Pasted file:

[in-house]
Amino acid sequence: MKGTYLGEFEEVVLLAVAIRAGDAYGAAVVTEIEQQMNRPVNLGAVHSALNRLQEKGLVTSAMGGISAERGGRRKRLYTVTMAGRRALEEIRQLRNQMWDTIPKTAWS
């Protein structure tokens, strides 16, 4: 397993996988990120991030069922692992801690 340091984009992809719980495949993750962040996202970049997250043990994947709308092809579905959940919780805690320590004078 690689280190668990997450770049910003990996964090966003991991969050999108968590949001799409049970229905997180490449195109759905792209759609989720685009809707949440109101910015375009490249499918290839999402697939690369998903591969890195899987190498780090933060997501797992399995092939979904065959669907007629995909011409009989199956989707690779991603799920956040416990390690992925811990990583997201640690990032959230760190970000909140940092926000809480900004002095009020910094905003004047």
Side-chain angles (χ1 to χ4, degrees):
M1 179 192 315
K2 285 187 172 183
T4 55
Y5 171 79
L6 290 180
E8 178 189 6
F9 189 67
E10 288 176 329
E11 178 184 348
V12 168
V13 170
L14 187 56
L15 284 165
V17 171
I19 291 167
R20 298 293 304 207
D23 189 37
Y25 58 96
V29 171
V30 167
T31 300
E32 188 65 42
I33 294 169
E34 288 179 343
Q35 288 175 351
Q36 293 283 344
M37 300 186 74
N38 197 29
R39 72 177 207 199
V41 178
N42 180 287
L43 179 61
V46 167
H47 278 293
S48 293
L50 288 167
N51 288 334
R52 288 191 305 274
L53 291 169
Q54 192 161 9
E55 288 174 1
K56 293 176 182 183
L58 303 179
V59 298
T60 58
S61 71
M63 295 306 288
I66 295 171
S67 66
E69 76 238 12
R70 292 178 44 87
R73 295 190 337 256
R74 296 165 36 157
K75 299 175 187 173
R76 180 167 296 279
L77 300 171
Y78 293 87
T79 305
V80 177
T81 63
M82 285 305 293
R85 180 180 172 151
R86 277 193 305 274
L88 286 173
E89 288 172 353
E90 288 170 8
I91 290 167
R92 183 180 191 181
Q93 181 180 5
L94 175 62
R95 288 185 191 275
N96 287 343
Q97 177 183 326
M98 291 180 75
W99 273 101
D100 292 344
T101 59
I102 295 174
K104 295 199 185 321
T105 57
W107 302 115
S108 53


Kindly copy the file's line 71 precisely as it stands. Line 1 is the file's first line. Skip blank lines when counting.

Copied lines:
I91 290 167